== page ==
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    abstract = "This study examined the effects of different work-rest durations during 40 min intermittent treadmill exercise and subsequent running performance. Eight males (mean ± s: age 24.3 ± 2.0 years, body mass 79.4 ± 7.0 kg, height 1.77 ± 0.05 m) undertook intermittent exercise involving repeated sprints at 120{\%} of the speed at which maximal oxygen uptake (v-V̇O2max) was attained with passive recovery between each one. The work-rest ratio was constant at 1:1.5 with trials involving short (6:9 s), medium (12:18 s) or long (24:36 s) work-rest durations. Each trial was followed by a performance run to volitional exhaustion at 150{\%} v-V̇O2max. After 40 min, mean exercise intensity was greater during the long (68.4 ± 9.3{\%}) than the short work-rest trial (54.9 ± 8.1{\%} V̇O2max; P < 0.05). Blood lactate concentration at 10 min was higher in the long and medium than in the short work-rest trial (6.1 ± 0.8, 5.2 ± 0.9, 4.5 ± 1.3 mmol·l-1, respectively; P < 0.05). The respiratory exchange ratio was consistently higher during the long than during the medium and short work-rest trials (P < 0.05). Plasma glucose concentration was higher in the long and medium than in the short work-rest trial after 40 min of exercise (5.6 ± 0.1, 6.6 ± 0.2 and 5.3 ± 0.5 mmol·l-1, respectively; P < 0.05). No differences were observed between trials for performance time (72.7 ± 14.9, 63.2 ± 13.2, 57.6 ± 13.5 s for the short, medium and long work-rest trial, respectively; P = 0.17), although a relationship between performance time and 40 min plasma glucose was observed (P < 0.05). The results show that 40 min of intermittent exercise involving long and medium work-rest durations elicits greater physiological strain and carbohydrate utilization than the same amount of intermittent exercise undertaken with a short work-rest duration.",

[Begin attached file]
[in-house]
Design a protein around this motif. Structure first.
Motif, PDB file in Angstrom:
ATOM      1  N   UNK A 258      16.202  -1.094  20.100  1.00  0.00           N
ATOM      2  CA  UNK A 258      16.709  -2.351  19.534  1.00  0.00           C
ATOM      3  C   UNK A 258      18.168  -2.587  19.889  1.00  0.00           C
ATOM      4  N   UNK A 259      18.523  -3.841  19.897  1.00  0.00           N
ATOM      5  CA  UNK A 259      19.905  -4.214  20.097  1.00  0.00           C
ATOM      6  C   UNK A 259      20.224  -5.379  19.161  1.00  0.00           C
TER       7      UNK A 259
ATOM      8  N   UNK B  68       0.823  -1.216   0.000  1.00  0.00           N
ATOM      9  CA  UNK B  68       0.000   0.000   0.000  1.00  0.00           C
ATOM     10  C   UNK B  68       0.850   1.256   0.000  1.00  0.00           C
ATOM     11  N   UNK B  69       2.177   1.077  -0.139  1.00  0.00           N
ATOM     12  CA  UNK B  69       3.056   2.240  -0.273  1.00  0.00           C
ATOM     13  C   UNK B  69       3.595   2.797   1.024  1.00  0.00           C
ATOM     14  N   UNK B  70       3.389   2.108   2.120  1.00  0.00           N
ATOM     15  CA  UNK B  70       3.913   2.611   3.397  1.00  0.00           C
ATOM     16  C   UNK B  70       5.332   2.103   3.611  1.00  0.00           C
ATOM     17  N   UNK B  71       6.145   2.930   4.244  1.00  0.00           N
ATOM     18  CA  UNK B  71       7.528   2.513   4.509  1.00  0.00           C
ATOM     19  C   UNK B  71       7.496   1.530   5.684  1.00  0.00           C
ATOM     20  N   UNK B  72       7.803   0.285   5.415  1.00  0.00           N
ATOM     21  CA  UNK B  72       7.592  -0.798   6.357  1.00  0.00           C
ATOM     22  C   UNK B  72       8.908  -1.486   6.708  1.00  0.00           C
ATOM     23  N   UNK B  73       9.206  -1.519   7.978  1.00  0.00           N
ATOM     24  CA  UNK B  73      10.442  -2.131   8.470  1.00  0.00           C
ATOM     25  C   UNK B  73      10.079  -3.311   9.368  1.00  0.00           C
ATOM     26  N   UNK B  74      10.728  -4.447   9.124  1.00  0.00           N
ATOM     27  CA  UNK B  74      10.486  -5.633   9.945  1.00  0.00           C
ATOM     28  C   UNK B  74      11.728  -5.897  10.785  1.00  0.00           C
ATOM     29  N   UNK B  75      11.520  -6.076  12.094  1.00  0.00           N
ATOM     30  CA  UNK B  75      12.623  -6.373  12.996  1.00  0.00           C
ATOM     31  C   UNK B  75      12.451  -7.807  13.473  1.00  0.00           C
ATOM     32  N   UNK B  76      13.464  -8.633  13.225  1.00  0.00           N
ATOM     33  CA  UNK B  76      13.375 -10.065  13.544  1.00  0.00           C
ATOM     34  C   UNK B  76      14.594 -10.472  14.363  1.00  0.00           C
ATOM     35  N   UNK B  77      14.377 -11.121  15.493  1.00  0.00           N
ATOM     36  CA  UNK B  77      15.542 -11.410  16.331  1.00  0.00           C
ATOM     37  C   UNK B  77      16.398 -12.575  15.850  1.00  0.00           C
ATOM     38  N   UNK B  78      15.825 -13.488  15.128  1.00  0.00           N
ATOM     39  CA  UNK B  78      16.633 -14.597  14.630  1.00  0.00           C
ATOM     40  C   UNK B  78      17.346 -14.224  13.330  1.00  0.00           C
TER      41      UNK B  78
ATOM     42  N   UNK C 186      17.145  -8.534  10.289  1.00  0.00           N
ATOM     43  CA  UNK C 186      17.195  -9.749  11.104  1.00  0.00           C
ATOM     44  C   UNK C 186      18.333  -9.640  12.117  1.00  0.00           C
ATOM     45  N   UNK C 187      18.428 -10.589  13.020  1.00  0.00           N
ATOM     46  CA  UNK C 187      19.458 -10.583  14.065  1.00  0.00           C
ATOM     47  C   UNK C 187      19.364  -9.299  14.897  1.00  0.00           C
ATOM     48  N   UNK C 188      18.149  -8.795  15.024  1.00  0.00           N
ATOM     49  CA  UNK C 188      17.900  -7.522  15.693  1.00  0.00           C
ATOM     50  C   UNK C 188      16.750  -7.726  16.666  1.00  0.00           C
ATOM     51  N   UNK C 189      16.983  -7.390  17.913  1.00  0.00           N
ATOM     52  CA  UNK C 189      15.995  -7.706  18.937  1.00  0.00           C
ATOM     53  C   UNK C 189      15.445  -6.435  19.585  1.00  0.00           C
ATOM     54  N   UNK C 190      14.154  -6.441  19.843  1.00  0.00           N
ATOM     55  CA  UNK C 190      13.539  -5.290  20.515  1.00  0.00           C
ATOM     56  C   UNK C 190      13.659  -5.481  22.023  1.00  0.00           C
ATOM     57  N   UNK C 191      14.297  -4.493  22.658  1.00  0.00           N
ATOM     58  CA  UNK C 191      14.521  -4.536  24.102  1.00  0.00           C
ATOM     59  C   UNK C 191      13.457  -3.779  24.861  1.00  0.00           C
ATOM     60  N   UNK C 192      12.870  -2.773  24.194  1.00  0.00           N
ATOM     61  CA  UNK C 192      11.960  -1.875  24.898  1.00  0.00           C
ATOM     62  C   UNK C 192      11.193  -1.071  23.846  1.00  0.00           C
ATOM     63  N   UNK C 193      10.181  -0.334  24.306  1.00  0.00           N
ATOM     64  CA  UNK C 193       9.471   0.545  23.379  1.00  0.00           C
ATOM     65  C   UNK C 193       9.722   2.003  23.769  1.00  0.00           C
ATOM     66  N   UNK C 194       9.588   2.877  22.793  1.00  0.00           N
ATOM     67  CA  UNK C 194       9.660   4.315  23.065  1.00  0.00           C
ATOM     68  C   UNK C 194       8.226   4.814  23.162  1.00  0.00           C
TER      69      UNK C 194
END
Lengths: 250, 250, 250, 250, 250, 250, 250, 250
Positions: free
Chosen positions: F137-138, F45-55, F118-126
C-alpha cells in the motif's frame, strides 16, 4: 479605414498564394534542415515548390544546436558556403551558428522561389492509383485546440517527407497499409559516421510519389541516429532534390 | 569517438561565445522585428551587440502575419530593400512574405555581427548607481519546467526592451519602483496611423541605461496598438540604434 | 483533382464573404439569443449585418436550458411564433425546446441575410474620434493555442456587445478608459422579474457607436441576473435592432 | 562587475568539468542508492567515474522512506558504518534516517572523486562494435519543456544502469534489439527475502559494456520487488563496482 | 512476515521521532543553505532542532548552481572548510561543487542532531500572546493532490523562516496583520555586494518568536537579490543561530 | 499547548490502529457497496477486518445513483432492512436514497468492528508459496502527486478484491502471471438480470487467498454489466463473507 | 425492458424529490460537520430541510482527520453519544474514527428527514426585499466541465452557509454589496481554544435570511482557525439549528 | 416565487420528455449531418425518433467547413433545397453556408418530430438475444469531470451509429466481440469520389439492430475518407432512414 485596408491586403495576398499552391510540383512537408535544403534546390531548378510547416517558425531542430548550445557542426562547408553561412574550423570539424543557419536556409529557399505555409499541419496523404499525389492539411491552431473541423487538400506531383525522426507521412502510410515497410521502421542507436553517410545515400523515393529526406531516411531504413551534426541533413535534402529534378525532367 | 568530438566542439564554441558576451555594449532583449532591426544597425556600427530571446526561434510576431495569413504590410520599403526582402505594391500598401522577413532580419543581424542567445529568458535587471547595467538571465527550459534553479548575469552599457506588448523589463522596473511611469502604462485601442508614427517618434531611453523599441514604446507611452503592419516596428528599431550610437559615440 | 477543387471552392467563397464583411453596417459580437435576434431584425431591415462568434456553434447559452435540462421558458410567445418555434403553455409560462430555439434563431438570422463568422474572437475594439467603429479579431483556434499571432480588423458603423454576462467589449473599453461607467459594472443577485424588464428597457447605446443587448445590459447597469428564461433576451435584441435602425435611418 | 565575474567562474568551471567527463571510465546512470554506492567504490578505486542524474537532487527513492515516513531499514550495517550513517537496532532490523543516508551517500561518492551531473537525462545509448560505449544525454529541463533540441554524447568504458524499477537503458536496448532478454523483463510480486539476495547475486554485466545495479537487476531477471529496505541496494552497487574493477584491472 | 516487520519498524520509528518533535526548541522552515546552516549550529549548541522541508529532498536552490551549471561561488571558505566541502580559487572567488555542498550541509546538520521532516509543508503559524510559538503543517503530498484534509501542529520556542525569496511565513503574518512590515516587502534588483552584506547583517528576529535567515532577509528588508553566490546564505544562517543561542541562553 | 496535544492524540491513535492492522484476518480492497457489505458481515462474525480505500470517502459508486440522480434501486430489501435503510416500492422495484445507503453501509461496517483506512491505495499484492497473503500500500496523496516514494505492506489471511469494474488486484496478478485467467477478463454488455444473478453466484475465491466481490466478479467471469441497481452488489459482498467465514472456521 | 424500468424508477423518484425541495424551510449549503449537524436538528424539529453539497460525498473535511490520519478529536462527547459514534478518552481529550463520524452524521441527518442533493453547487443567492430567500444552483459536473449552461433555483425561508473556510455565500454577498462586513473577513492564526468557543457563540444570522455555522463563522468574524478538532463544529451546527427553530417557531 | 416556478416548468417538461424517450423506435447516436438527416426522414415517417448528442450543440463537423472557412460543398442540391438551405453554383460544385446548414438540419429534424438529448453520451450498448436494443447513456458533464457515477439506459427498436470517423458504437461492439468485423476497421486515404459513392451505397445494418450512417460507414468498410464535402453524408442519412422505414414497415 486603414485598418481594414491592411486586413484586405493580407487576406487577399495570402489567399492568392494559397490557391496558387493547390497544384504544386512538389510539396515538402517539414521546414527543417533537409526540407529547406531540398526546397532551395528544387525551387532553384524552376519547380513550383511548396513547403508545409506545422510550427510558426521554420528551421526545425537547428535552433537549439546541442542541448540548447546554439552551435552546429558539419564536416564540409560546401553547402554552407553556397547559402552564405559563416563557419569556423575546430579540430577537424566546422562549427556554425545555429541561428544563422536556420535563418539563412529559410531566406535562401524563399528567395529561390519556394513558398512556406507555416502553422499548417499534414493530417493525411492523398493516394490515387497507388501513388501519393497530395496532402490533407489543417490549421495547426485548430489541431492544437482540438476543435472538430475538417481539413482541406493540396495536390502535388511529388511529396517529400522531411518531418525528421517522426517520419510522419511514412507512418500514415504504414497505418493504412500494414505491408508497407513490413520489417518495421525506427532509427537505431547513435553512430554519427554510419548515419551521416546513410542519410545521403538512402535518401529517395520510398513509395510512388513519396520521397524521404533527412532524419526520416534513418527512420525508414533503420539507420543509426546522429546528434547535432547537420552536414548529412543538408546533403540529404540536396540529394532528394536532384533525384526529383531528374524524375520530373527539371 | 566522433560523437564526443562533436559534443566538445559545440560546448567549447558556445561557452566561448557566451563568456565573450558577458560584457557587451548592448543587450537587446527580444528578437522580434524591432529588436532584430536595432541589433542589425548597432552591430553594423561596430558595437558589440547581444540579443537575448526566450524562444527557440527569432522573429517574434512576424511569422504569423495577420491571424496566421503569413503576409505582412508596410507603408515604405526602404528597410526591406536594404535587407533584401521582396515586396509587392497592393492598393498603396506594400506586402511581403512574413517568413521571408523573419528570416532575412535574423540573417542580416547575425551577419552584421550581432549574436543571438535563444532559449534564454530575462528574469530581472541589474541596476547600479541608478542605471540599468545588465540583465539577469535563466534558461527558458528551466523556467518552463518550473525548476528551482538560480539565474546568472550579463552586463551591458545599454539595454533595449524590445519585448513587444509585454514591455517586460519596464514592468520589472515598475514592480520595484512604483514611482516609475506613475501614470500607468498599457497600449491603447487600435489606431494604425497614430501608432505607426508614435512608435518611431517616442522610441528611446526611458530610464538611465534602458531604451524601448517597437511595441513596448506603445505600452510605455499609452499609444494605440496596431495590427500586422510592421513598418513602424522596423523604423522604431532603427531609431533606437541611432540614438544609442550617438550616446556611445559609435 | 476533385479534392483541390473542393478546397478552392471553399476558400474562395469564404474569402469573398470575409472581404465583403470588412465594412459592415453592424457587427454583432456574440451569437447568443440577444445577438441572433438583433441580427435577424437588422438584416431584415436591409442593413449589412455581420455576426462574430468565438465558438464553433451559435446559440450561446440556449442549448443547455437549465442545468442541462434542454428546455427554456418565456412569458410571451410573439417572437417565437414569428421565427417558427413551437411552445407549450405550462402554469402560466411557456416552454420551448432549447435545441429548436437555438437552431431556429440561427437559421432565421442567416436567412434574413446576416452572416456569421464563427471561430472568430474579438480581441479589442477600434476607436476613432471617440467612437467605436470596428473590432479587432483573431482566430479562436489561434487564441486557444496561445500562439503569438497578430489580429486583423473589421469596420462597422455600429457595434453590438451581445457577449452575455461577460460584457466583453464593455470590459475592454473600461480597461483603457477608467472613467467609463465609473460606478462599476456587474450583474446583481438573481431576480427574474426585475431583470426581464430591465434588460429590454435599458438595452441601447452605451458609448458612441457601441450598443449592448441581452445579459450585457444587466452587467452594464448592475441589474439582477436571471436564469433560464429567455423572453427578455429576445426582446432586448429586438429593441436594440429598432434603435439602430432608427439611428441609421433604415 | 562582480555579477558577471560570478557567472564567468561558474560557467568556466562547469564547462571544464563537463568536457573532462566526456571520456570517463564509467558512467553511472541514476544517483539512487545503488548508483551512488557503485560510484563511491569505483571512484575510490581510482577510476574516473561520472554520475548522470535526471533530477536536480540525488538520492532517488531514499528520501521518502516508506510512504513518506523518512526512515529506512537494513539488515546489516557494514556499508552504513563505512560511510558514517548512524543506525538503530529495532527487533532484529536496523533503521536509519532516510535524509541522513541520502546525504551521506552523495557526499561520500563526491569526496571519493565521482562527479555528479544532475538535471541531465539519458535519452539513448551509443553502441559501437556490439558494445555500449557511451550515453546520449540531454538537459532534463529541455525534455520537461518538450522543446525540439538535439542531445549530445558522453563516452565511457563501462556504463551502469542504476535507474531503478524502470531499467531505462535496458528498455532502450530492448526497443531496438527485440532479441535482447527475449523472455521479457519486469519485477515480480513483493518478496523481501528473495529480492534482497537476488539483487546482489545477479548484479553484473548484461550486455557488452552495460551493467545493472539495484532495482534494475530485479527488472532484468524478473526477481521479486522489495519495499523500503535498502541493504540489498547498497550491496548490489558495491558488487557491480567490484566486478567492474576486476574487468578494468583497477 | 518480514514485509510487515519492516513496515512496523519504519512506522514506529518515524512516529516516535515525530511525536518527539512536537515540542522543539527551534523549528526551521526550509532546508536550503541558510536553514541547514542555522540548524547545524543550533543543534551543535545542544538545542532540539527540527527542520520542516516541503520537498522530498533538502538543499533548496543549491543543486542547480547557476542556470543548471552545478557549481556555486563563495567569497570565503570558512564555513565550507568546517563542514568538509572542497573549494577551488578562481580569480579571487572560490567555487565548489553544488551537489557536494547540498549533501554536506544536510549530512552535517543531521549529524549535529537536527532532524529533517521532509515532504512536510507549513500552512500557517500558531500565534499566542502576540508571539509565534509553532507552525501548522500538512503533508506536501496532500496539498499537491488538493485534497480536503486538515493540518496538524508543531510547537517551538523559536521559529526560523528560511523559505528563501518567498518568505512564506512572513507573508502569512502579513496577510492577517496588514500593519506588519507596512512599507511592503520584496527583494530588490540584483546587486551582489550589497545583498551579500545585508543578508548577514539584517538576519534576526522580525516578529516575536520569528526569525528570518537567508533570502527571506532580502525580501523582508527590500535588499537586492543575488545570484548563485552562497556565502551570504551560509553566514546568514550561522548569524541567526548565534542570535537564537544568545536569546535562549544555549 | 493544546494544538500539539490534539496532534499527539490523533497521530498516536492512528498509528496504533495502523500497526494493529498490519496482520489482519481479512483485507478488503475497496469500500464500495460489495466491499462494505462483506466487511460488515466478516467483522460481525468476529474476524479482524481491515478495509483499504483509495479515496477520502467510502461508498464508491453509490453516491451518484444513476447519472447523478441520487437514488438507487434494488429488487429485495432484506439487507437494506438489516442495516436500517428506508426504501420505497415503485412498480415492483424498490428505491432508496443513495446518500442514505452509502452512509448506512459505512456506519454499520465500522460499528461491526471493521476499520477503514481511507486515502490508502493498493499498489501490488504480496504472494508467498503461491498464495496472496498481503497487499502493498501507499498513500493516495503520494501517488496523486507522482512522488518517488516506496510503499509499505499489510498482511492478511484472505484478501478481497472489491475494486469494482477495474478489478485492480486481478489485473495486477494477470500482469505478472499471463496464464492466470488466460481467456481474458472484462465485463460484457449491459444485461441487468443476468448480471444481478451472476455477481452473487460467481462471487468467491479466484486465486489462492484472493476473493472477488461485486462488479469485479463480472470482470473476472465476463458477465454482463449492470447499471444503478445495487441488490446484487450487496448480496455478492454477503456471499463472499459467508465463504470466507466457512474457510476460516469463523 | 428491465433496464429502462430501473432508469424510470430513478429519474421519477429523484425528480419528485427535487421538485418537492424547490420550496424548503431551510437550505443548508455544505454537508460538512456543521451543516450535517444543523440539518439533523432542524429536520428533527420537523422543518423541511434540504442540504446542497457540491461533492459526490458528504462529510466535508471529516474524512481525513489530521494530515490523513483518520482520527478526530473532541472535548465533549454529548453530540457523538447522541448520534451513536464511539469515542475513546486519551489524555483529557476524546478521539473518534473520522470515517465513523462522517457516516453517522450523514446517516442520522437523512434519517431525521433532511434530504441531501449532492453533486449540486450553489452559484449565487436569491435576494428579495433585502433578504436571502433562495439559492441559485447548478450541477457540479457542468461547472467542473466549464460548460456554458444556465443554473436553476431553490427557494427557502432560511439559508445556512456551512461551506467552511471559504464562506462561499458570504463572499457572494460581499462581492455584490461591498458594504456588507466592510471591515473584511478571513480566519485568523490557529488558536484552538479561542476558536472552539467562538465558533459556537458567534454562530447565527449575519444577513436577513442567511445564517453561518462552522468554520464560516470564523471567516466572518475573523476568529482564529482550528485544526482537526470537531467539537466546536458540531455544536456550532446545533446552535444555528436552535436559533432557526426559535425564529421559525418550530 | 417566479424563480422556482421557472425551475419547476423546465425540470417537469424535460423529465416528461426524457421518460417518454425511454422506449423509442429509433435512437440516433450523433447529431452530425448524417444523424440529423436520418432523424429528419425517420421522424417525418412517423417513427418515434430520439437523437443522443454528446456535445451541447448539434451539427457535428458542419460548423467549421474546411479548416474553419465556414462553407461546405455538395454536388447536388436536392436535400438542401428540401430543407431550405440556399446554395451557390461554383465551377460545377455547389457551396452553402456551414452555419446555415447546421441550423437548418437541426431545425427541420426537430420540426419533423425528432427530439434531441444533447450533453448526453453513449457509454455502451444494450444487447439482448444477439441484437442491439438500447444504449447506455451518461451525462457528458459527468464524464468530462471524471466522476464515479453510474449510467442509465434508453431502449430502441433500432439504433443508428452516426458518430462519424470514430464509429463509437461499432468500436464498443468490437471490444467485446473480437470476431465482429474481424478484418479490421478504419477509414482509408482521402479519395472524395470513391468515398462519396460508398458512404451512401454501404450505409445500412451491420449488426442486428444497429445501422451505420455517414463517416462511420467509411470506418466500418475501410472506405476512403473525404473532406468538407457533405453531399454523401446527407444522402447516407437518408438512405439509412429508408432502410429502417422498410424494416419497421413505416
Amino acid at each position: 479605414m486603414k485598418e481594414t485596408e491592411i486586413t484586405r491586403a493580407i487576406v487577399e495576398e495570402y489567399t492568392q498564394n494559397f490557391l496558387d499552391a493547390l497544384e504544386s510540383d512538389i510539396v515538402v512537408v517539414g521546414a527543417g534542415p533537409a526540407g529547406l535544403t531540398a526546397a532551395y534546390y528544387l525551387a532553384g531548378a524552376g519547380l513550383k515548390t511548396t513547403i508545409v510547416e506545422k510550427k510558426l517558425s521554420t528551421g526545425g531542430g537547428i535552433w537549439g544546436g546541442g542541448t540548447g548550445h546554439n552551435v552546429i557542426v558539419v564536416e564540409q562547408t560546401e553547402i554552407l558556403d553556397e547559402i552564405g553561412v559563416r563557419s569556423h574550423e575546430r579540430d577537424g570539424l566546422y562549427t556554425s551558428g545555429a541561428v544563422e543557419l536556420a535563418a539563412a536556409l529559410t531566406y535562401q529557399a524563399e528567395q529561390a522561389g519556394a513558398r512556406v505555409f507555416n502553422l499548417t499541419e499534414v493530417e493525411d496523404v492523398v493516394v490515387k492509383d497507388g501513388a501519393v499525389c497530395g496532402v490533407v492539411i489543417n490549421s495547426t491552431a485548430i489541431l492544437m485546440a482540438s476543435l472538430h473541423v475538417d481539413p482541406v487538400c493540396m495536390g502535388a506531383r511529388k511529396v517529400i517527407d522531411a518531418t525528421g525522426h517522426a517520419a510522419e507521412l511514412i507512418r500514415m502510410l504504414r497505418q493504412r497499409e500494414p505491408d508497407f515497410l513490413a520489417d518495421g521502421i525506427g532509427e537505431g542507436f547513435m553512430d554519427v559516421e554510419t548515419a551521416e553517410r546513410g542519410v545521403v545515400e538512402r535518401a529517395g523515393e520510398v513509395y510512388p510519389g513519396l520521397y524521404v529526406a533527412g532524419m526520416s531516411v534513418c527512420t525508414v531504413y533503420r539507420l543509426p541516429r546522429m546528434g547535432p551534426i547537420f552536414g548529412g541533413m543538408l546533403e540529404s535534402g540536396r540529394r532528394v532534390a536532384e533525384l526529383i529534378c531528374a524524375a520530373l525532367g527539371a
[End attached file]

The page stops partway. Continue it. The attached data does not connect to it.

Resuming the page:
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    AB - This study examined the effects of different work-rest durations during 40 min intermittent treadmill exercise and subsequent running performance. Eight males (mean ± s: age 24.3 ± 2.0 years, body mass 79.4 ± 7.0 kg, height 1.77 ± 0.05 m) undertook intermittent exercise involving repeated sprints at 120% of the speed at which maximal oxygen uptake (v-V̇O2max) was attained with passive recovery between each one. The work-rest ratio was constant at 1:1.5 with trials involving short (6:9 s), medium (12:18 s) or long (24:36 s) work-rest durations. Each trial was followed by a performance run to volitional exhaustion at 150% v-V̇O2max. After 40 min, mean exercise intensity was greater during the long (68.4 ± 9.3%) than the short work-rest trial (54.9 ± 8.1% V̇O2max; P < 0.05). Blood lactate concentration at 10 min was higher in the long and medium than in the short work-rest trial (6.1 ± 0.8, 5.2 ± 0.9, 4.5 ± 1.3 mmol·l-1, respectively; P < 0.05). The respiratory exchange ratio was consistently higher during the long than during the medium and short work-rest trials (P < 0.05). Plasma glucose concentration was higher in the long and medium than in the short work-rest trial after 40 min of exercise (5.6 ± 0.1, 6.6 ± 0.2 and 5.3 ± 0.5 mmol·l-1, respectively; P < 0.05). No differences were observed between trials for performance time (72.7 ± 14.9, 63.2 ± 13.2, 57.6 ± 13.5 s for the short, medium and long work-rest trial, respectively; P = 0.17), although a relationship between performance time and 40 min plasma glucose was observed (P < 0.05). The results show that 40 min of intermittent exercise involving long and medium work-rest durations elicits greater physiological strain and carbohydrate utilization than the same amount of intermittent exercise undertaken with a short work-rest duration.